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Lenin’s view of World War I and the tasks of socialists

By staff |
November 10, 2018
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V.I. Lenin
V.I. Lenin (Fight Back! News/Staff)

To mark the 100th anniversary of the end of World War I, Fight Back! is reprinting some excerpts from the outstanding Russian revolutionary V.I. Lenin on the class nature of the war and what socialists should do about it. When the war broke out in 1914, the leadership of most socialist parties at the time often supported their ‘own’ governments.

Lenin and other revolutionaries put forward the correct proposition that the war was a battle between imperialist powers, in which working-class movement should work for the defeat of their ‘own’ rulers, and, where possible, take advantage of those defeats, turn the imperialist war in to a civil war, and make use of every opportunity to seize political power and replace capitalism with socialism.

The excerpts are taken from Lenin’s 1915 pamphlet “Socialism and War.”

Nearly everybody admits that the present war is an imperialist war, but in most cases this term is distorted or applied to one side, or a loophole is left for the assertion that this war may, after all, have a bourgeois-progressive, national liberating significance. Imperialism is the highest stage in the development of capitalism, reached only in the twentieth century. Capitalism now finds the old national states, without the formation of which it could not have overthrown feudalism, too tight for it. Capitalism has developed concentration to such a degree that whole branches of industry have been seized by syndicates, trusts and associations of capitalist billionaires, and almost the entire globe has been divided up among the "lords of capital," either in the form of colonies, or by enmeshing other countries in thousands of threads of financial exploitation. Free trade and competition have been superseded by the striving for monopoly, for the seizure of territory for the investment of capital, for the export of raw materials from them, and so forth. From the liberator of nations that capitalism was in the struggle against feudalism, imperialist capitalism has become the greatest oppressor of nations. Formerly progressive, capitalism has become reactionary; it has developed the forces of production to such a degree that mankind is faced with the alternative of going over to Socialism or of suffering years and even decades of armed struggle between the "great" powers for the artificial preservation of capitalism by means of colonies, monopolies, privileges and national oppression of every kind.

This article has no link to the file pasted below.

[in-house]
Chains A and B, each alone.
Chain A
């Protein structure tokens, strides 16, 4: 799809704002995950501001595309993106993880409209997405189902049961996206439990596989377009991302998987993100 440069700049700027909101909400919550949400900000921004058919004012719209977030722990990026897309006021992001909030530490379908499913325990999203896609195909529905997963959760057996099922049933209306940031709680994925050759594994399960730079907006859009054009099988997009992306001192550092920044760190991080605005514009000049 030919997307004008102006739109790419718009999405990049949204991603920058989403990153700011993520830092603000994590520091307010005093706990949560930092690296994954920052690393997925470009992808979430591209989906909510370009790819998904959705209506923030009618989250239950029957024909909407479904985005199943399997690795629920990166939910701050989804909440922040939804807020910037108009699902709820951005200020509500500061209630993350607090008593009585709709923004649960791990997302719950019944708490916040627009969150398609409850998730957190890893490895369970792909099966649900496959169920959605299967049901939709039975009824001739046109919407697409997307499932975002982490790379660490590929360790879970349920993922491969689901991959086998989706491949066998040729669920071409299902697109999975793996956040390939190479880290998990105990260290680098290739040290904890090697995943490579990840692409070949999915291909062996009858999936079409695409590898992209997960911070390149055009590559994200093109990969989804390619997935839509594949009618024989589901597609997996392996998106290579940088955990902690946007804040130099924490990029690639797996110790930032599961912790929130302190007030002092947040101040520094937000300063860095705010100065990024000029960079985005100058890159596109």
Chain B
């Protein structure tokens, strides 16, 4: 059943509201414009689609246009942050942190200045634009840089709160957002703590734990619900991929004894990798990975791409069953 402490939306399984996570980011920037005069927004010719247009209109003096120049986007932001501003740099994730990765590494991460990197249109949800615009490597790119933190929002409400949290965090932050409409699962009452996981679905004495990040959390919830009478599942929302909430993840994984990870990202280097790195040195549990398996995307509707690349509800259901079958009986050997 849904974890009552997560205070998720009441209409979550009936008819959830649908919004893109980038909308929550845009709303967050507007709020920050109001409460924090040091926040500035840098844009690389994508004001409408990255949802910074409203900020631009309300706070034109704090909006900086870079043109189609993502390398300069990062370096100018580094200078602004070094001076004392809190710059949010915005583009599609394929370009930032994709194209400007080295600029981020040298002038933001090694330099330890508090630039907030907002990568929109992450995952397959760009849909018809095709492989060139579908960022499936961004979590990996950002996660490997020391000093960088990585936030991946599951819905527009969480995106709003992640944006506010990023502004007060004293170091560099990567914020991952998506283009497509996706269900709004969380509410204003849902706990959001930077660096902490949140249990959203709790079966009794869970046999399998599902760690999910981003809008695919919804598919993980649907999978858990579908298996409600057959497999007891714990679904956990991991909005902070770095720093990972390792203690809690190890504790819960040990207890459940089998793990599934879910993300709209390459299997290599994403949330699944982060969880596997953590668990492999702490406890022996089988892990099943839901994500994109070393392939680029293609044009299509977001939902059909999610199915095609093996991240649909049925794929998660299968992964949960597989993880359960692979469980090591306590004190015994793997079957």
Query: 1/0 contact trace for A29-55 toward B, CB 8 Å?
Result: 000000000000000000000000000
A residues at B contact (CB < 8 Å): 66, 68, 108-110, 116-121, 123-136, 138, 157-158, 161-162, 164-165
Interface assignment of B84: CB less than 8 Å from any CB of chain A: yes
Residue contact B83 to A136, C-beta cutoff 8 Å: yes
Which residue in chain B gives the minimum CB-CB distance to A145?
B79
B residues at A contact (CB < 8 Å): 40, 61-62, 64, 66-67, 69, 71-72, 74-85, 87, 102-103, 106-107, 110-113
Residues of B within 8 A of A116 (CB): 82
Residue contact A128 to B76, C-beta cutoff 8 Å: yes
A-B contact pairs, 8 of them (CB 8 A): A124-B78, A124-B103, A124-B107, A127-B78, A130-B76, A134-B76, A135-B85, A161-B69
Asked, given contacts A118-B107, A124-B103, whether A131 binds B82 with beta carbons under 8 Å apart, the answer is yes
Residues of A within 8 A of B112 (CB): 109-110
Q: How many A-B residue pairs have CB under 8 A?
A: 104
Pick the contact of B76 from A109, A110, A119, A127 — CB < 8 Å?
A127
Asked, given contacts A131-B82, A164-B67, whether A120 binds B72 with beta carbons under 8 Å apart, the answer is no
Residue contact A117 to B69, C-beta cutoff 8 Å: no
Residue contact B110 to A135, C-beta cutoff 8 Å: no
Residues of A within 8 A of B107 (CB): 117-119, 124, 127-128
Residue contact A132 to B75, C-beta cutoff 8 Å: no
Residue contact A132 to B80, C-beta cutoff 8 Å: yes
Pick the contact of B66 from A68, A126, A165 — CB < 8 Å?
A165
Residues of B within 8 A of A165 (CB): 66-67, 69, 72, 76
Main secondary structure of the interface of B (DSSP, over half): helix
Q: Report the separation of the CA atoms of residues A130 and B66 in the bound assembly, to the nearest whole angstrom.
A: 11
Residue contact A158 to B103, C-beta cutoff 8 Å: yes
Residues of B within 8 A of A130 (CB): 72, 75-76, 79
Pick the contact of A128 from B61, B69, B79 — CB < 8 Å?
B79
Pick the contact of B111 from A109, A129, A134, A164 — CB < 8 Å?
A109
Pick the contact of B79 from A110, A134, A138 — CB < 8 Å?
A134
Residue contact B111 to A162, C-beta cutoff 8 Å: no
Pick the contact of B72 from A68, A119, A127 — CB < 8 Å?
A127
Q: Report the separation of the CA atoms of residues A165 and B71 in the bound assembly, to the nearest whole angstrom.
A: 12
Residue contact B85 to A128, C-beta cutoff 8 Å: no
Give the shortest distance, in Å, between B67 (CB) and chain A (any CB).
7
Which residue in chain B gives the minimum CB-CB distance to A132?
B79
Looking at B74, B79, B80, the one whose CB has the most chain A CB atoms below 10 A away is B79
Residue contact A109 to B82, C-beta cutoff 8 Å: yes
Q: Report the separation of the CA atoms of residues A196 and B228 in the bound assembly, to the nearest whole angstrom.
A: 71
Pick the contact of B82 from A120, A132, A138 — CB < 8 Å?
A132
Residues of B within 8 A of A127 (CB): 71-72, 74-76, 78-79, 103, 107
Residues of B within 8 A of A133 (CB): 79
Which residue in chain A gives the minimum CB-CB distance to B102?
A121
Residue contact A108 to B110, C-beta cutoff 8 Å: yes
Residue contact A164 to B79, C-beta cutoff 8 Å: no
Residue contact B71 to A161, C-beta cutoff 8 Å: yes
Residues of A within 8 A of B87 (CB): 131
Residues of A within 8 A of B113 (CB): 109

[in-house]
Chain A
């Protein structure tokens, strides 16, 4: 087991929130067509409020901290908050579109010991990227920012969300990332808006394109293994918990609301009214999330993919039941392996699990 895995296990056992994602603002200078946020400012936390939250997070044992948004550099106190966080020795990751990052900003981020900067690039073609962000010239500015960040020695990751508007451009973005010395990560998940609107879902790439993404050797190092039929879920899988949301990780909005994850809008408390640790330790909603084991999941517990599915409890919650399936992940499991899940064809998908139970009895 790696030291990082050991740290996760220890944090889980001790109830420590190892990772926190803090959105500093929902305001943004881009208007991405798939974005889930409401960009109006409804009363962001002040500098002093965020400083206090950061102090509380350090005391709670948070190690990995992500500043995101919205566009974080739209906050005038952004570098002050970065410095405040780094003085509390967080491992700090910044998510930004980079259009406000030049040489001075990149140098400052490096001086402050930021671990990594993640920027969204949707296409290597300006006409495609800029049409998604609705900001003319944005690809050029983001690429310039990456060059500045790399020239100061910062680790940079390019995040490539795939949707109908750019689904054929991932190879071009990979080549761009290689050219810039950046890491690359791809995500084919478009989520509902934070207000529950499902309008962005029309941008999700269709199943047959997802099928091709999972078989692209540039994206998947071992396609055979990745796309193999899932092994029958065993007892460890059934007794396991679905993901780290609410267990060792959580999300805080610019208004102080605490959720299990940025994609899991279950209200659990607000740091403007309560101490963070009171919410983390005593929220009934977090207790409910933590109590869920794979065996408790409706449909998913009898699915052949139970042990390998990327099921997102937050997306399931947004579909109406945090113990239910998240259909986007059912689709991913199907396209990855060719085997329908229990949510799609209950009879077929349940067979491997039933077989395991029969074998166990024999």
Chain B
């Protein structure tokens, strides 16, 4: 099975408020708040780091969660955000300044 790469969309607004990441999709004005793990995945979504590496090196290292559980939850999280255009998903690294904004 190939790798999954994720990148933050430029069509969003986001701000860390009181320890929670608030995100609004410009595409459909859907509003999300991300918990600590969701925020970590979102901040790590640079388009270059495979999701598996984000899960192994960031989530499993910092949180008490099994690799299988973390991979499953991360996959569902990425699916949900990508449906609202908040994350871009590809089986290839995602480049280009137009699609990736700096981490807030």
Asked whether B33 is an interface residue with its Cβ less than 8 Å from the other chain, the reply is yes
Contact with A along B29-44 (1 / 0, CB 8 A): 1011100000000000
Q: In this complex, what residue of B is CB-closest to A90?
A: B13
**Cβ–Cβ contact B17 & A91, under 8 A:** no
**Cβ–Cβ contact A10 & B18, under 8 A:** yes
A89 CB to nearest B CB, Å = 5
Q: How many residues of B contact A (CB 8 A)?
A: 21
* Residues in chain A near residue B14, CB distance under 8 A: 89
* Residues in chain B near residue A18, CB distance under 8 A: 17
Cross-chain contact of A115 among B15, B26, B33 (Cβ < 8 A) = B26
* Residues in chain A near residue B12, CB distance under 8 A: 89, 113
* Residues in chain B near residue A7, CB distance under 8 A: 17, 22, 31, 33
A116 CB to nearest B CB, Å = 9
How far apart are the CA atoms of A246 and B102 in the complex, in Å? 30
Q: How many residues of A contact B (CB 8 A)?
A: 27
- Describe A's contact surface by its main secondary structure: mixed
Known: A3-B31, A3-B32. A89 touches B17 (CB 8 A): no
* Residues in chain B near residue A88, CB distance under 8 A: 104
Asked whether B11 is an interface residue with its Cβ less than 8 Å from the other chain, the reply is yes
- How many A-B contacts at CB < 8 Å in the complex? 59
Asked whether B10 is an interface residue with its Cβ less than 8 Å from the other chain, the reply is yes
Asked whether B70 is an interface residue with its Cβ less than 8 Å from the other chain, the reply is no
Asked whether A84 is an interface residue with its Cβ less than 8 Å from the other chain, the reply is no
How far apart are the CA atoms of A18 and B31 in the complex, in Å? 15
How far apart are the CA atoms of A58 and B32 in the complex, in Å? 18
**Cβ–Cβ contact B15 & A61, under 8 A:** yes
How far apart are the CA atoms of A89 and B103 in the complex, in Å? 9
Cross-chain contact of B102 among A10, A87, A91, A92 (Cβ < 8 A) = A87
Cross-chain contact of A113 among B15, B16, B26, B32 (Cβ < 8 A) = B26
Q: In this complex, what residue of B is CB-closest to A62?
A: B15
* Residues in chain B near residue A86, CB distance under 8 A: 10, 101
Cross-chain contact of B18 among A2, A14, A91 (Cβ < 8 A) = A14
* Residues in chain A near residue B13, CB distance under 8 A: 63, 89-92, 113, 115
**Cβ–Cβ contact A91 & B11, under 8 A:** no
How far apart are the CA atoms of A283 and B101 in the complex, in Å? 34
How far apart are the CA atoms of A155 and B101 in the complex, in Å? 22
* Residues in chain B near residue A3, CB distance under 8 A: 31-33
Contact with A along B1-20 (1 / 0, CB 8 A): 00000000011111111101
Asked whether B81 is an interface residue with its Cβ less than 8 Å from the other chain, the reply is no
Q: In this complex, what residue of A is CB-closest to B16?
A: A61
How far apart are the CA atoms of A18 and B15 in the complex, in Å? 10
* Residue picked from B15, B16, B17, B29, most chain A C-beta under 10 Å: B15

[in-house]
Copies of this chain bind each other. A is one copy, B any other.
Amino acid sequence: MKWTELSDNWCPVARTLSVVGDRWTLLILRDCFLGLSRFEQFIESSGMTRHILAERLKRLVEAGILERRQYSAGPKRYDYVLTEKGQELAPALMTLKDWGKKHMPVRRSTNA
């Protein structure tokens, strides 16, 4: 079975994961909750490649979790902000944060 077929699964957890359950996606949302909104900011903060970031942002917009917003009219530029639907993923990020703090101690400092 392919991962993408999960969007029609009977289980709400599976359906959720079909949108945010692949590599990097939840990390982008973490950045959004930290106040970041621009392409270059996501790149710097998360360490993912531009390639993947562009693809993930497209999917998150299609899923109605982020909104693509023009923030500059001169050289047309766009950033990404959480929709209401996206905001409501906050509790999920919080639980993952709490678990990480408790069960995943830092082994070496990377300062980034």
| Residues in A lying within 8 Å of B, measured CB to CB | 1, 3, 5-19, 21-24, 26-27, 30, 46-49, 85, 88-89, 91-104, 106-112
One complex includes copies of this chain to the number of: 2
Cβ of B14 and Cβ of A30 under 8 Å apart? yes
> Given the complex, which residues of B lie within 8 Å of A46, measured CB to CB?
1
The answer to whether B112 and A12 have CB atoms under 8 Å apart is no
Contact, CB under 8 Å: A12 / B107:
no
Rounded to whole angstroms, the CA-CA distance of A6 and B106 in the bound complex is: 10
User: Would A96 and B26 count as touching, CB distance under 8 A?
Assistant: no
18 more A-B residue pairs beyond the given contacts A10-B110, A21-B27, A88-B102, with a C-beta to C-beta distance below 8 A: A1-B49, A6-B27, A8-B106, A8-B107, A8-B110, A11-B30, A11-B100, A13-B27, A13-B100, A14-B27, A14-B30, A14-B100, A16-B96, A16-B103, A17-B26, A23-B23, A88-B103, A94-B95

The war has undoubtedly created a most acute crisis and has increased the distress of the masses to an incredible degree. The reactionary character of this war, and the shameless lies told by the bourgeoisie of all countries in covering up their predatory aims with "national" ideology, are inevitably creating, on the basis of an objectively revolutionary situation, revolutionary moods among the masses. It is our duty to help the masses to become conscious of these moods, to deepen and formulate them. This task is correctly expressed only by the slogan: convert the imperialist war into civil war; and all consistently waged class struggles during the war, all seriously conducted "mass action" tactics inevitably lead to this. It is impossible to foretell whether a powerful revolutionary movement will flare up during the first or the second war of the great powers, whether during or after it; in any case, our bounden duty is systematically and undeviatingly to work precisely in this direction.

Both the advocates of victory for their governments in the present war and the advocates of the slogan "neither victory nor defeat," equally take the standpoint of social-chauvinism. A revolutionary class cannot but wish for the defeat of its government in a reactionary war, cannot fail to see that its military reverses facilitate its overthrow. Only a bourgeois who believes that a war started by the governments must necessarily end as a war between governments and wants it to end as such, can regard as "ridiculous" and "absurd" the idea that the Socialists of all the belligerent countries should wish for the of all "their" governments and express this wish. On the contrary, it is precisely a statement of this kind that would conform to the cherished thoughts of every class-conscious worker, and would be in line with our activities towards converting the imperialist war into civil war.